Everything Seems Wrong, Yet Brazil Is an Agricultural Powerhouse

    The record-breaking failure of 18.2 million tons, worth US$ 4.1 million (10 million reais), averted chaos in bringing Brazil’s 2004/2005 harvest to market.

    “If we had met the forecast of 130 million tons, we would have had an implosion. It’s sad to have to admit this, but it’s true,” affirmed the president of the Brazilian Agribusiness Association (ABAG), Carlo Lovatelli.


    Logistics are regarded as the “Achilles’ heel” of agribusiness.


    “Our producers are extremely competent. In soybeans, we are much more competent than our major international competitors, the United States and Argentina. Once off the farm, however, we begin to trip over our own feet,” he emphasized during the 4th Brazilian Agribusiness Congress, which ended Friday, June 24, in São Paulo.


    According to Lovatelli, 60% of agricultural products are transported by truck. Due to poor maintenance of federal highways, average truck speeds have dropped 40% in 5 years.


    Around 35% of what is produced uses river transportation, and only 5% is shipped by rail. The extension of the railroad network is the same as it was 60 years ago: around 30 thousand kilometers.


    But the problems of logistics are not limited to imbalances in the transportation system. The country also lacks silos and warehouses to store 40 million tons of products.


    And the operational costs of Brazilian ports are double those of Argentinean and American ports, according to the president of the ABAG.


    Among the internal bottlenecks to agribusiness growth, the president of the ABAG referred to the absence of resources for the existing Rural Insurance Law.


    “Brazil remains the world’s only important agricultural country that doesn’t have this kind of mechanism.”


    Lovatelli also mentioned what he called the “complex and unfair” tax policy that affects both public and private sectors.


    But agribusiness also faces international challenges. The chief of these, in Lovatelli’s view, are the “gradually more complex” barriers imposed by consumer markets.


    Subtle forms of protectionism, such as sanitary and environmental barriers, are replacing traditional mechanisms, such as production subsidies.


    Lovatelli recalled that many Brazilian products are banned in major markets. There are many examples.


    During several months in 2004, Indonesia banned the entry of Brazilian soy meal from the state of Rio Grande do Sul, in southern Brazil, because of two incidents of hoof and mouth disease in the states of Pará and Amazonas, in the northern part of the country.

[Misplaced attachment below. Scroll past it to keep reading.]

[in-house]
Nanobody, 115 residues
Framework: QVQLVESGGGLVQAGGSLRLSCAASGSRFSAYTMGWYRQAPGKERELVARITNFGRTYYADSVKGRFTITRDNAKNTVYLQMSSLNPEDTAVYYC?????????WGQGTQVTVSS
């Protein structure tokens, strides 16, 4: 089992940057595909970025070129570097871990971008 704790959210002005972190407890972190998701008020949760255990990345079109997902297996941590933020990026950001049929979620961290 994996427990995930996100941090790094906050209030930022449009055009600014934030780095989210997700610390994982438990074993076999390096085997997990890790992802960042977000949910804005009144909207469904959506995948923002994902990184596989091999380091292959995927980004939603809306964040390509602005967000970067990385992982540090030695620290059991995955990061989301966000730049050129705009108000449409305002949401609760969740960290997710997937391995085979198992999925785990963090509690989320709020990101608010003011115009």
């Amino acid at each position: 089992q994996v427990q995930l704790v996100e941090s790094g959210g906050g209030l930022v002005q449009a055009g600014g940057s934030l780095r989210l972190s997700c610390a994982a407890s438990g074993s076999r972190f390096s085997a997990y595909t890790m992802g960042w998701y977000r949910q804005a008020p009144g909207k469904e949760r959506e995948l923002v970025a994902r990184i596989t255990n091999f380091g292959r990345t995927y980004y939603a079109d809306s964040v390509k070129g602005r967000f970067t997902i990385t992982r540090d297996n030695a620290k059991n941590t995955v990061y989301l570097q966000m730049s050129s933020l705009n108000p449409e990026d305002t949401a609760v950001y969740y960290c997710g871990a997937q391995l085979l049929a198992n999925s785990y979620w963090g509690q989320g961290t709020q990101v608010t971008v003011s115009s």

Brazil also suffered a soybean export embargo imposed by China, with losses estimated at between US$ 600 million and US$ 1 billion in fines.


    In other instances Brazil is accused of violations such as failing to enforce the social function of the land – accusations, according to the ABAG director, based on false claims of slave labor.


    Other technical barriers imposed on Brazil are the requirement of certain legal measures in the name of environmental preservation and proposed productivity indices – measures which, according to Lovatelli, represent “agronomic and environmental aberrations.”


    “The technical barriers can serve as a perverse instrument of market protection,” he observed.


    Despite the restrictions, Brazil is the world’s largest exporter of soy complex products (beans, meal, oil, and others), coffee, sugar, orange juice, tobacco, beef, and chicken.


    The country ranks fourth in global agricultural exports, with an average annual growth rate of over 6%. In 2004, agricultural exports attained US$ 39 billion, 27.3% more than in 2003.


    According to data from the Secretariat of International Relations of the Ministry of Agriculture, between January and May of this year, agribusiness sales abroad totaled US$ 15.994 billion, a record for this period and 13.5% more than during the same period last year.


    In May, Brazil exported US$ 3.75 billion worth of agricultural goods, 10% more than in May, 2004. According to the ABAG, agribusiness is responsible for over 37% of the jobs in Brazil, 34% of the GDP (Gross Domestic Product), and 42% of the country’s exports.


    ABr – www.radiobras.gov.br

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